De meningen ge-uit door medewerkers en studenten van de TU Delft en de commentaren die zijn gegeven reflecteren niet perse de mening(en) van de TU Delft. De TU Delft is dan ook niet verantwoordelijk voor de inhoud van hetgeen op de TU Delft weblogs zichtbaar is. Wel vindt de TU Delft het belangrijk - en ook waarde toevoegend - dat medewerkers en studenten op deze, door de TU Delft gefaciliteerde, omgeving hun mening kunnen geven.

Attending the Educause Learning Technology Leadership Institute

This month I got the chance to attend the Educause Learning Technology Leadership Institute (LTL-2016) in Austin Texas. None of my colleagues were familiar with this institute so I got to be the guinea pig. To me it seemed interesting to be in an institute with all people working in the same line of work, coming from different schools or universities (in fact, rule is that only one participant per school is allowed) who will work in a team on a so called ‘culminating’ project.

A couple of weeks prior to the institute a yammer network environment was set up, so everybody could already introduce themselves. During the week that we all would be in Texas, we would share information and have discussions through yammer.

Major goal for this week was networking and  sharing experiences in our daily practice. With all of us being in the same line of work, discussions were very interesting and it was rather easy to relate to the problems posed by both faculty and participants. The vast majority of the participants were American, coming from all kinds of schools and universities all over the US. Only three participants from Europe/Middle East: University of Edinburgh, Northwestern University (in Qatar) and TU Delft.

To my surprise there were almost 50 participants divided over 7 round tables. In total 7 members of faculty that would lead the institute. They were typically participants of previous versions of this institute and could tell what participating in this LTL institute had meant for their career and building a network of relations throughout the country.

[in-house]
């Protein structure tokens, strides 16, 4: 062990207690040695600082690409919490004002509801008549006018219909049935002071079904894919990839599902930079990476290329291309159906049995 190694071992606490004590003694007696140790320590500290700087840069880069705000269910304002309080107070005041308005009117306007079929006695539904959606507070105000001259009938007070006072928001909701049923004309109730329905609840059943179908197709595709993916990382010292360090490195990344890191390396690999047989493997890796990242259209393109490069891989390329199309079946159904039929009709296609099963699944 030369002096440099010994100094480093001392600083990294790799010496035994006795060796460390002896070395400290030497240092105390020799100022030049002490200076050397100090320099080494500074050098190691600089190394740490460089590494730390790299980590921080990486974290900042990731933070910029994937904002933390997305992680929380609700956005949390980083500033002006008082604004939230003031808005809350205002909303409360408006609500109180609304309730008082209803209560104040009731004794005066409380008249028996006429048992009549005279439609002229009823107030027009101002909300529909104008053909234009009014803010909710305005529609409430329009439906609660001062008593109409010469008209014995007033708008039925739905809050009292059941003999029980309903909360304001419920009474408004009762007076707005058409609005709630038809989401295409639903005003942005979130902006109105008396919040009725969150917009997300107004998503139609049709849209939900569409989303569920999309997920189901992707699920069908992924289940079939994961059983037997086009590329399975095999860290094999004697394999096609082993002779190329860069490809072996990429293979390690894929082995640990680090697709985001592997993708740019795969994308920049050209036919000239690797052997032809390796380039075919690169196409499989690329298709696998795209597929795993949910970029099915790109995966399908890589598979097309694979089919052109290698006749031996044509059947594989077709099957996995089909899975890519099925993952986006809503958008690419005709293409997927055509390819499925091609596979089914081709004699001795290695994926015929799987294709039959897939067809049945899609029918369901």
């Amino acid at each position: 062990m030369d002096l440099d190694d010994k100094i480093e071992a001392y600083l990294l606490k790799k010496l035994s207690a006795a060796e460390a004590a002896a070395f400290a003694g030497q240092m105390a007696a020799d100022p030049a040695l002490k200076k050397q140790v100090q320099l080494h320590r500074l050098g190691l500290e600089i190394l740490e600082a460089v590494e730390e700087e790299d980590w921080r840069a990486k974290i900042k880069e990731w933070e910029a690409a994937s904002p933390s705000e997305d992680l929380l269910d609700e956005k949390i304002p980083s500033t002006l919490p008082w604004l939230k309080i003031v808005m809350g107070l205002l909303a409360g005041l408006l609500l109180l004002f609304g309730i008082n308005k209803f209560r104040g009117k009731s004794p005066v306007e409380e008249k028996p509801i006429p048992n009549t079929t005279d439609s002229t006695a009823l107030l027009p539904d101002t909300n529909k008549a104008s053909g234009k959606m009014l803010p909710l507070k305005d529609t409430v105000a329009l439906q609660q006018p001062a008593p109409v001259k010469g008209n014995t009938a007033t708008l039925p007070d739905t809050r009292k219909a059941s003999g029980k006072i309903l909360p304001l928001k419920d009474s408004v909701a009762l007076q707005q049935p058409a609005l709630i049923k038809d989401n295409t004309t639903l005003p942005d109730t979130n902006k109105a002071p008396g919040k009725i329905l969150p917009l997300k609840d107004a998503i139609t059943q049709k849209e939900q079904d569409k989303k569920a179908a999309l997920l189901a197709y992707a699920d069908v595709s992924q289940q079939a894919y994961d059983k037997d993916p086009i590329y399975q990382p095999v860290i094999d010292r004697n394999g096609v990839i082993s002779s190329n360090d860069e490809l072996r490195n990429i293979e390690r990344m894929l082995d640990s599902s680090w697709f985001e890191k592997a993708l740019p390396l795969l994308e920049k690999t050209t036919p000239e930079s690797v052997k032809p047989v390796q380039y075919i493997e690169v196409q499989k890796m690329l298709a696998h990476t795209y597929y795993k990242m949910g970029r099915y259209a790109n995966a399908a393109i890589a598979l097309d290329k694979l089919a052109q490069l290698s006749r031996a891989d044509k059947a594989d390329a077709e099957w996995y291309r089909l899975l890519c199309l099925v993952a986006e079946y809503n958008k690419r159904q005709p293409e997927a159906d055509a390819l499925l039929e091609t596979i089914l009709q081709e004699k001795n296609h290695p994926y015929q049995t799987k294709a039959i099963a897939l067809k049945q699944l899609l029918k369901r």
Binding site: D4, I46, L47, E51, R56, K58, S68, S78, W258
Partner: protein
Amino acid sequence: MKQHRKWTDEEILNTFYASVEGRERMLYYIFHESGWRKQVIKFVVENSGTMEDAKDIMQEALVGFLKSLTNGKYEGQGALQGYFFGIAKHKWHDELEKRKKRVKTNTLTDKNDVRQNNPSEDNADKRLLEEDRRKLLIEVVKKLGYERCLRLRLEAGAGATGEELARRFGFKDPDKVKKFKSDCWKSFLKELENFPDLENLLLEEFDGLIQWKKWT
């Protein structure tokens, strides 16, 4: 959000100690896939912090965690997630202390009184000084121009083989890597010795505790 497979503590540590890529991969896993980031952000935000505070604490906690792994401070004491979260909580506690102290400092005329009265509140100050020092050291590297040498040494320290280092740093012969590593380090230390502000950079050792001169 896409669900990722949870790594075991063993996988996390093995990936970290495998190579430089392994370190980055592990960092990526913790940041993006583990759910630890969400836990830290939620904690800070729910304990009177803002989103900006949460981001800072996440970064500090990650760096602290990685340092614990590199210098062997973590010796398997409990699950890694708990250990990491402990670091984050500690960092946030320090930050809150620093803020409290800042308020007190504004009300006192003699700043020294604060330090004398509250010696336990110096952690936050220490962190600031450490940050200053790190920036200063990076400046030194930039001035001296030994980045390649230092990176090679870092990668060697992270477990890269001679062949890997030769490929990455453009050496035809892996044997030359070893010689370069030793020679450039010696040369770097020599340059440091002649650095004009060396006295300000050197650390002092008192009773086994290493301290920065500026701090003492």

Each day, coming into the room, you had to go find your name tag on one of the tables, making sure you would talk to as many people as possible and not go for the same group all the time. For the first two days: this worked out fine: The introduction of a specific topic, followed by a small assignment or group discussion, would allow you to get to know a bit more about the people at your table. But since you were supposed to work in a (fixed) team on a joint project (the people from the table you sat at on the second day) this idea got kind of distorted over time: You tend to want to be with your team to discuss the impact of the topics being ‘taught’ by the faculty members, rather than yet another person whom you had to ‘get to know’ first. On top of that most of the topics of the third and fourth day were shaped as lengthy presentations leaving hardly any time for discussion.

Working in the team on our project was great. Our team had good discussions about improving digital literacy for both students and teachers. Going into depth and having to ‘create’ our own school, writing a plan on how to improve digital literacy and finding the right arguments to defend our plans in front of the stakeholders (dean, provost, CIO, CFO, etc.) were quite interesting. It gave me a more profound insight in the differences and similarities between the  European and North American universities.


The ‘Flying Armadillos’ from the university of El Dorado

On the last day I spoke to the participant from Edinburgh and we discussed (shortly) whether an European version of this institute could be a good idea for the future. From a networking perspective I believe this could be a very good idea. I would be interested on being involved setting it up, so Who knows….

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